Fr. James Crilly, CSV, still remembers the day he and two confreres, Fr. Thomas Wise, CSV, and the former Fr. Adalbert Mayr, CSV, set sail on a ship from New York Harbor to Bogotá, Colombia, as missionaries. “When we saw the Statue of Liberty, we said a Hail Mary, asking for Our Lady to protect us,” Fr. Crilly remembers.
He and his two Viatorian confreres met with an advisory council made up of local dignitaries to begin making plans for the school, carved out of 80 acres of farmland. “We insisted that at least 20 percent be scholarship students,” he adds. “We figured if it didn’t work, they could always blame it on those ‘crazy gringos.’”
Their prayers were heard. The mission they established 50 years ago now includes a thriving school, Colegio San Viator, of more than 1,000 students and two surrounding parishes run by Viatorians.
Their experiment worked. More private schools began adopting the measure and now the Ministry of Education mandates that all schools offer scholarships to students.
Fr. Crilly returned for the 50th anniversary celebration in late September. The Mass, celebrated by Archbishop Ruben Salazar of Bogotá, drew more than 1,500. It was a culminating event for the school as well as its president, Fr. Pedro Herrera, Celebrants at 50th Anniversary Mass in Bogotá CSV. He was a member of the first graduating class, who ultimately entered the Viatorians and returned to lead the school. “I was lucky enough to have one Viatorian during each school year,” Fr. Herrera says. “I saw in each one their care for us as students and their equality in their relationships with all students.”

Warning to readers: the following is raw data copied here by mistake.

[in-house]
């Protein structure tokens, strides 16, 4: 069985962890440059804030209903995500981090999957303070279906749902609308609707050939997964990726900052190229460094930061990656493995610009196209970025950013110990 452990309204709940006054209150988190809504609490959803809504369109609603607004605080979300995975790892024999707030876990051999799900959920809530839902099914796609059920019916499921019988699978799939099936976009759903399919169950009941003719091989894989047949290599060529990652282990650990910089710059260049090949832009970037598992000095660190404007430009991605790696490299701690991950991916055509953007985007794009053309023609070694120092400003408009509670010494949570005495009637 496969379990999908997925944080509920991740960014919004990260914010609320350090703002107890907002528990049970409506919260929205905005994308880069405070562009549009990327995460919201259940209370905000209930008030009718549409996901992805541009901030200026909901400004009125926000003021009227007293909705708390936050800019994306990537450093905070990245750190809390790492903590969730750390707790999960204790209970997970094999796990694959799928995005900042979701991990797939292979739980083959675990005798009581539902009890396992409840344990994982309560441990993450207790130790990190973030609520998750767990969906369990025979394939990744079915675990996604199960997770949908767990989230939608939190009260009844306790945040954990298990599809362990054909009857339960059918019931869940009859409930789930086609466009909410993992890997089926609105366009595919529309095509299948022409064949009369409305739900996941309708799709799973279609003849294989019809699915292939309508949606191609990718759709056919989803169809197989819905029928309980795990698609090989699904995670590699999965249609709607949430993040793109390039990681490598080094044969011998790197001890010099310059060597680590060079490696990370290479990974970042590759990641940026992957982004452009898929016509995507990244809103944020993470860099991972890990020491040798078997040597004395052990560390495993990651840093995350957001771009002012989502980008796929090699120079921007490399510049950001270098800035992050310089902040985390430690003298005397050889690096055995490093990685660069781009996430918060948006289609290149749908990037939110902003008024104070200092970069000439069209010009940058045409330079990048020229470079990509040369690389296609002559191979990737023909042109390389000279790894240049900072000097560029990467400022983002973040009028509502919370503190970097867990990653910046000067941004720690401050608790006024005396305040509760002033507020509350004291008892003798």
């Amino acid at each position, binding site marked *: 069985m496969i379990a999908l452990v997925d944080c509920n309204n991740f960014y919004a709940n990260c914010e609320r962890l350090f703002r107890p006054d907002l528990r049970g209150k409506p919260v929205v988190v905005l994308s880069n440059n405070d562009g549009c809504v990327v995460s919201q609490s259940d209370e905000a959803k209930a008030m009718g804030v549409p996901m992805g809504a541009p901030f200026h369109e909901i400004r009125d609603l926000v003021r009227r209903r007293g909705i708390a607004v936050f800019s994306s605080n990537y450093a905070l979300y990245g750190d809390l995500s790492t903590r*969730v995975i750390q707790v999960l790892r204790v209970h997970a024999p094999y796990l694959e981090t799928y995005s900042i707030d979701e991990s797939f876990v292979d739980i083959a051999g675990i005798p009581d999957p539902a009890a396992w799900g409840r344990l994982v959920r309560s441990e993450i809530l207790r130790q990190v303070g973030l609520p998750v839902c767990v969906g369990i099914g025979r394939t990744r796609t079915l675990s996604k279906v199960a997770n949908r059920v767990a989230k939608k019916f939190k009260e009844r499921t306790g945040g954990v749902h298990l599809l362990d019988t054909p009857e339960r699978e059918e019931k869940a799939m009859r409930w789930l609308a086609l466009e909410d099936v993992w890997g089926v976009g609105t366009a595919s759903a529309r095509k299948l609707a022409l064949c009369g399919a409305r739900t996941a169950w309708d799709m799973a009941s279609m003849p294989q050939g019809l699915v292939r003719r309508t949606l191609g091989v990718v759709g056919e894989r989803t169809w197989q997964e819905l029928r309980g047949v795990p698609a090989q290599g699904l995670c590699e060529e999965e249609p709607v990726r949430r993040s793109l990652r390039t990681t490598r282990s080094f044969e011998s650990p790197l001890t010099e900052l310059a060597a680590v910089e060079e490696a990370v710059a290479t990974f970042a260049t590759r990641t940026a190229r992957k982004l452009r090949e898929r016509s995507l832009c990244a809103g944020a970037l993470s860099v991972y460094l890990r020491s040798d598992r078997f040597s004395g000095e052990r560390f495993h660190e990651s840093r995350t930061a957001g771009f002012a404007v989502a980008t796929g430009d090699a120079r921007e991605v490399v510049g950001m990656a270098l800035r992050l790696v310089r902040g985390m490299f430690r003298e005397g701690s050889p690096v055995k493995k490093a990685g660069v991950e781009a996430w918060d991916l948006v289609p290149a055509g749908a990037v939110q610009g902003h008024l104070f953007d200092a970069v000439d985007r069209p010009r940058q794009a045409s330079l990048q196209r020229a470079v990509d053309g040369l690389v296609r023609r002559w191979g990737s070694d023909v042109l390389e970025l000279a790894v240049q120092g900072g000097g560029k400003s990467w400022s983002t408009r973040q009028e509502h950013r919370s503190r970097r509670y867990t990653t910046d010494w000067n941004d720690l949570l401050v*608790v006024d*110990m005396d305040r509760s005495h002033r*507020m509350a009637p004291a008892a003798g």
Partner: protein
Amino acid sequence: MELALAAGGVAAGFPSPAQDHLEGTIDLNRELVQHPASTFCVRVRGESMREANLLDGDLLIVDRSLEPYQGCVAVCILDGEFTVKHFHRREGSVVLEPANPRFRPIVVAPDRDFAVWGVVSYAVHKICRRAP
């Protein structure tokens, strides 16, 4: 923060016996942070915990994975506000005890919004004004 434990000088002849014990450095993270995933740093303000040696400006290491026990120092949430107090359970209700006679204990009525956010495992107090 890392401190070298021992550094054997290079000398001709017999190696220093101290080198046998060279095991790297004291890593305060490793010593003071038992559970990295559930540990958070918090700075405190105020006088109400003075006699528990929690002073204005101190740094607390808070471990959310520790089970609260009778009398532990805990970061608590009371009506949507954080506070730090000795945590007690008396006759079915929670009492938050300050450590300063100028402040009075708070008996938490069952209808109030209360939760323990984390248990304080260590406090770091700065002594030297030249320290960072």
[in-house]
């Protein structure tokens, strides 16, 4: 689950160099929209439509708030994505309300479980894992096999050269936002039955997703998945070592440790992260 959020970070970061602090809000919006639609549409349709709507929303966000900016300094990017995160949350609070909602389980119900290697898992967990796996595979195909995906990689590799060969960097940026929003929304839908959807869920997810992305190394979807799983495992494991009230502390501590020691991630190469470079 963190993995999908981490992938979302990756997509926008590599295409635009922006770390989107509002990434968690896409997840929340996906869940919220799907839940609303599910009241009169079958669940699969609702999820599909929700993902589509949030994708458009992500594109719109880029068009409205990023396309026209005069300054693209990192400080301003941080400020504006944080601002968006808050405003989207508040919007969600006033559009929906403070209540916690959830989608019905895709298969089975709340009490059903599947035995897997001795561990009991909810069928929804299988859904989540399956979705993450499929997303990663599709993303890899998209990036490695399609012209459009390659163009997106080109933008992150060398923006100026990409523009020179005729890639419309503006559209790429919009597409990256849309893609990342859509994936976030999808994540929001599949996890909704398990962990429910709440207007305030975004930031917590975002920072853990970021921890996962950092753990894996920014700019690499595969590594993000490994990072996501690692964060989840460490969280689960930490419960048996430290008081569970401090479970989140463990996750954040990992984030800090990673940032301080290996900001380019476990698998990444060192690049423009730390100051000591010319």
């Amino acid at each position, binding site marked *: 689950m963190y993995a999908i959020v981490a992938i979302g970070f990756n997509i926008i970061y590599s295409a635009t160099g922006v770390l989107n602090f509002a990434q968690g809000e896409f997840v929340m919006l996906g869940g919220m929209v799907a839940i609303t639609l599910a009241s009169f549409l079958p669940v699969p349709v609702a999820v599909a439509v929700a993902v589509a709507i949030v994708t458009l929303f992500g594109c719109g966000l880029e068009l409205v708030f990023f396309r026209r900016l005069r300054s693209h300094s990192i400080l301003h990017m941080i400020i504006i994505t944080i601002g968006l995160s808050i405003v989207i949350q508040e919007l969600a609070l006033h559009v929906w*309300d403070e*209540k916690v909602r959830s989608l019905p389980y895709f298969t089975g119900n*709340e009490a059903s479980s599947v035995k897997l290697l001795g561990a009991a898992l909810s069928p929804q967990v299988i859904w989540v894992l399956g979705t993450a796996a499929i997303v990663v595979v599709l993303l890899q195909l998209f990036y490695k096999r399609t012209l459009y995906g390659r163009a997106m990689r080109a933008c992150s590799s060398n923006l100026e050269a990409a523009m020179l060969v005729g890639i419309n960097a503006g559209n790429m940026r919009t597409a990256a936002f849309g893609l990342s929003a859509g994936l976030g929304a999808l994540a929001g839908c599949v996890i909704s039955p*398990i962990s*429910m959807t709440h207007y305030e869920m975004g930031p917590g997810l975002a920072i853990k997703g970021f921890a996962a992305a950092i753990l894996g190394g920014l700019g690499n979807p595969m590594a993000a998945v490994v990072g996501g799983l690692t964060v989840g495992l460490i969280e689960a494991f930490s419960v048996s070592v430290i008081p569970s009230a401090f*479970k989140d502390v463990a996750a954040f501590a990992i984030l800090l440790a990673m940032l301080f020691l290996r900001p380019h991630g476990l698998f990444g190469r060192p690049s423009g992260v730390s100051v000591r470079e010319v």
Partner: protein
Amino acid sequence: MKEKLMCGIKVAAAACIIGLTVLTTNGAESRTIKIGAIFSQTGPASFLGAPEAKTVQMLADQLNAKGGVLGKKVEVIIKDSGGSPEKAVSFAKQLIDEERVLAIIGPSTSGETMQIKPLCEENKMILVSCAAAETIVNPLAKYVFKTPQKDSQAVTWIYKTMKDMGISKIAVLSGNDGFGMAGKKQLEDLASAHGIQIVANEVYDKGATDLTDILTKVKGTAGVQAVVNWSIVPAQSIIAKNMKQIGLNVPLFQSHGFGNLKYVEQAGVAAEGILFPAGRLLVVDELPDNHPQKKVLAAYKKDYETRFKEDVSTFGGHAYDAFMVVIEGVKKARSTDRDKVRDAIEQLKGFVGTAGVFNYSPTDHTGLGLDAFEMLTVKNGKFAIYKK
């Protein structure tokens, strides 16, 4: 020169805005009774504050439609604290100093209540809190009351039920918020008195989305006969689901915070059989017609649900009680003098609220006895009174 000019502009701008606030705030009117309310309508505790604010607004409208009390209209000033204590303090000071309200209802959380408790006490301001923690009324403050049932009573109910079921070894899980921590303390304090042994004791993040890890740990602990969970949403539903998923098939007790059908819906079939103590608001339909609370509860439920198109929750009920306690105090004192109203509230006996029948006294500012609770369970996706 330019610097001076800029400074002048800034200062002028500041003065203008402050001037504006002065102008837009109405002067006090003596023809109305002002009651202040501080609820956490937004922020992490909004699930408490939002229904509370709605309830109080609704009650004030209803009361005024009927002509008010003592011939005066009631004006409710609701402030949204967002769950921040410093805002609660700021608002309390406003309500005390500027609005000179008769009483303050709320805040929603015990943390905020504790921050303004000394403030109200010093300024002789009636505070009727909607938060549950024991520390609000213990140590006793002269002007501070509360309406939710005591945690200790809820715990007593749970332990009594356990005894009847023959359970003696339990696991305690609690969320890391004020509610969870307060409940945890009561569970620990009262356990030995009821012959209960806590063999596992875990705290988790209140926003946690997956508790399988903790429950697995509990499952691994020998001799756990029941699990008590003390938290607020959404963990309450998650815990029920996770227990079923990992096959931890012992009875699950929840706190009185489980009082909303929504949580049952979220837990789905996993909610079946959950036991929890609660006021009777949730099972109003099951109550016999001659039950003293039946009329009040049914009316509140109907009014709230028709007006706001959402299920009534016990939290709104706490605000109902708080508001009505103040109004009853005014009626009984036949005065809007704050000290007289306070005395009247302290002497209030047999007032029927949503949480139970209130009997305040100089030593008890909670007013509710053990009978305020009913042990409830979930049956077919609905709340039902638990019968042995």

Fr. Crilly stayed in Colombia for 11 years before returning to the United States to work in parish ministry. But in An alumnus thanks Fr. Crilly for the impact a recent interview with he made on his life. members of the Viatorian Youth Congress, he described setting up the mission in Colombia as his one of his most profound experiences as a Viatorian. “Prior to leaving for Colombia, I was very much involved in teaching biology at Spalding Institute in Peoria and I thought I’d be there a long time,” Fr. Crilly says. “But God acts in mysterious ways.” Eileen O’Grady Daday
In his homily during a Mass for the Viatorians and their families, Fr. Crilly credited the many Viatorians who had served in Bogotá 3
From Barren Desert to Thriving Las Vegas Parish, St. Thomas More at 25 close-knit. You could get your arms around the parish community. People really felt like they belonged to something.” That simple need to worship together drove them, say the founding members of the parish. Today, with more than 6,000 parish families, St. Thomas More Catholic Church in Henderson is one of the largest parishes in the Las Vegas Diocese. Now, as then, the Viatorians run the parish. Fr. Patrick Render, CSV, serves as pastor, with associate pastors Fr. Robert Bolser, CSV, and Fr. Michael Keliher, CSV, and Viatorian Associates Ken Rosania as pastoral assistant, and Juliann Dwyer as the religious education director.
St. Thomas More Catholic Church in Henderson, NV